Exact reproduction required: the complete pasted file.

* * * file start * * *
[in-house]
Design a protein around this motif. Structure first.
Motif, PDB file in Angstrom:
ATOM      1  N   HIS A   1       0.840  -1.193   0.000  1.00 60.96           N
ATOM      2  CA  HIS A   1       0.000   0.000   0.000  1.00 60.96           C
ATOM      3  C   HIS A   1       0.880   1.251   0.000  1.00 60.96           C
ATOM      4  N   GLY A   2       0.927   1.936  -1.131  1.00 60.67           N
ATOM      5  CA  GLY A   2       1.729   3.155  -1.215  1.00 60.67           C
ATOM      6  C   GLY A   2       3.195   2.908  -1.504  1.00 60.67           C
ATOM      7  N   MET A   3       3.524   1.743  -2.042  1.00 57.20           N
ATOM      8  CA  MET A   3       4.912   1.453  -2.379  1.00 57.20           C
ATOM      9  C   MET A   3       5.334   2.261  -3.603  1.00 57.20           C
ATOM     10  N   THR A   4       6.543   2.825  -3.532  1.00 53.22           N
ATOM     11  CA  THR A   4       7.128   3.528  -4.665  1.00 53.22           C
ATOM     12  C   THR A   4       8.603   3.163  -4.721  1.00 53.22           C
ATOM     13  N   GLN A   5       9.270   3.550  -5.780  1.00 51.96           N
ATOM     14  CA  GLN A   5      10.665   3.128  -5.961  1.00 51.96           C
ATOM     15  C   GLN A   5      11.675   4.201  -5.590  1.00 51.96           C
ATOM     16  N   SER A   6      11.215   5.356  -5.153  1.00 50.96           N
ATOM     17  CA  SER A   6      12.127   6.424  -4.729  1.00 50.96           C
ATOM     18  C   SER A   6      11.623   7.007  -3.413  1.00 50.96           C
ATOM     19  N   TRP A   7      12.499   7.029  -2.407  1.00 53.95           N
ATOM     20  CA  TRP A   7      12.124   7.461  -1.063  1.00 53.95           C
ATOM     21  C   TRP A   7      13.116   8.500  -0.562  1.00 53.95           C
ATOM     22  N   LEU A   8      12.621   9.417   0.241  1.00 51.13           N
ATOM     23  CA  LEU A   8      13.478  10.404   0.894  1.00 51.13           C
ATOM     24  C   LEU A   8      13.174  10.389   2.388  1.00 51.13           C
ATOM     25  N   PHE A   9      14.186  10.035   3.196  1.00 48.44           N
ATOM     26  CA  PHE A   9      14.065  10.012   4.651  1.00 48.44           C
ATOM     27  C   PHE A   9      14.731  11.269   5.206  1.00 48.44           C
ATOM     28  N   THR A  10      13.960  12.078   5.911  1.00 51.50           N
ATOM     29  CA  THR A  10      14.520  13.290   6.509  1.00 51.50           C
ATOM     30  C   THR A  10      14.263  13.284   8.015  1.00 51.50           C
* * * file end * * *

[in-house]
Design a protein around this motif. Structure first.
Motif, PDB file in Angstrom:
ATOM      1  N   HIS A   1       0.840  -1.193   0.000  1.00 60.96           N
ATOM      2  CA  HIS A   1       0.000   0.000   0.000  1.00 60.96           C
ATOM      3  C   HIS A   1       0.880   1.251   0.000  1.00 60.96           C
ATOM      4  N   GLY A   2       0.927   1.936  -1.131  1.00 60.67           N
ATOM      5  CA  GLY A   2       1.729   3.155  -1.215  1.00 60.67           C
ATOM      6  C   GLY A   2       3.195   2.908  -1.504  1.00 60.67           C
ATOM      7  N   MET A   3       3.524   1.743  -2.042  1.00 57.20           N
ATOM      8  CA  MET A   3       4.912   1.453  -2.379  1.00 57.20           C
ATOM      9  C   MET A   3       5.334   2.261  -3.603  1.00 57.20           C
ATOM     10  N   THR A   4       6.543   2.825  -3.532  1.00 53.22           N
ATOM     11  CA  THR A   4       7.128   3.528  -4.665  1.00 53.22           C
ATOM     12  C   THR A   4       8.603   3.163  -4.721  1.00 53.22           C
ATOM     13  N   GLN A   5       9.270   3.550  -5.780  1.00 51.96           N
ATOM     14  CA  GLN A   5      10.665   3.128  -5.961  1.00 51.96           C
ATOM     15  C   GLN A   5      11.675   4.201  -5.590  1.00 51.96           C
ATOM     16  N   SER A   6      11.215   5.356  -5.153  1.00 50.96           N
ATOM     17  CA  SER A   6      12.127   6.424  -4.729  1.00 50.96           C
ATOM     18  C   SER A   6      11.623   7.007  -3.413  1.00 50.96           C
ATOM     19  N   TRP A   7      12.499   7.029  -2.407  1.00 53.95           N
ATOM     20  CA  TRP A   7      12.124   7.461  -1.063  1.00 53.95           C
ATOM     21  C   TRP A   7      13.116   8.500  -0.562  1.00 53.95           C
ATOM     22  N   LEU A   8      12.621   9.417   0.241  1.00 51.13           N
ATOM     23  CA  LEU A   8      13.478  10.404   0.894  1.00 51.13           C
ATOM     24  C   LEU A   8      13.174  10.389   2.388  1.00 51.13           C
ATOM     25  N   PHE A   9      14.186  10.035   3.196  1.00 48.44           N
ATOM     26  CA  PHE A   9      14.065  10.012   4.651  1.00 48.44           C
ATOM     27  C   PHE A   9      14.731  11.269   5.206  1.00 48.44           C
ATOM     28  N   THR A  10      13.960  12.078   5.911  1.00 51.50           N
ATOM     29  CA  THR A  10      14.520  13.290   6.509  1.00 51.50           C
ATOM     30  C   THR A  10      14.263  13.284   8.015  1.00 51.50           C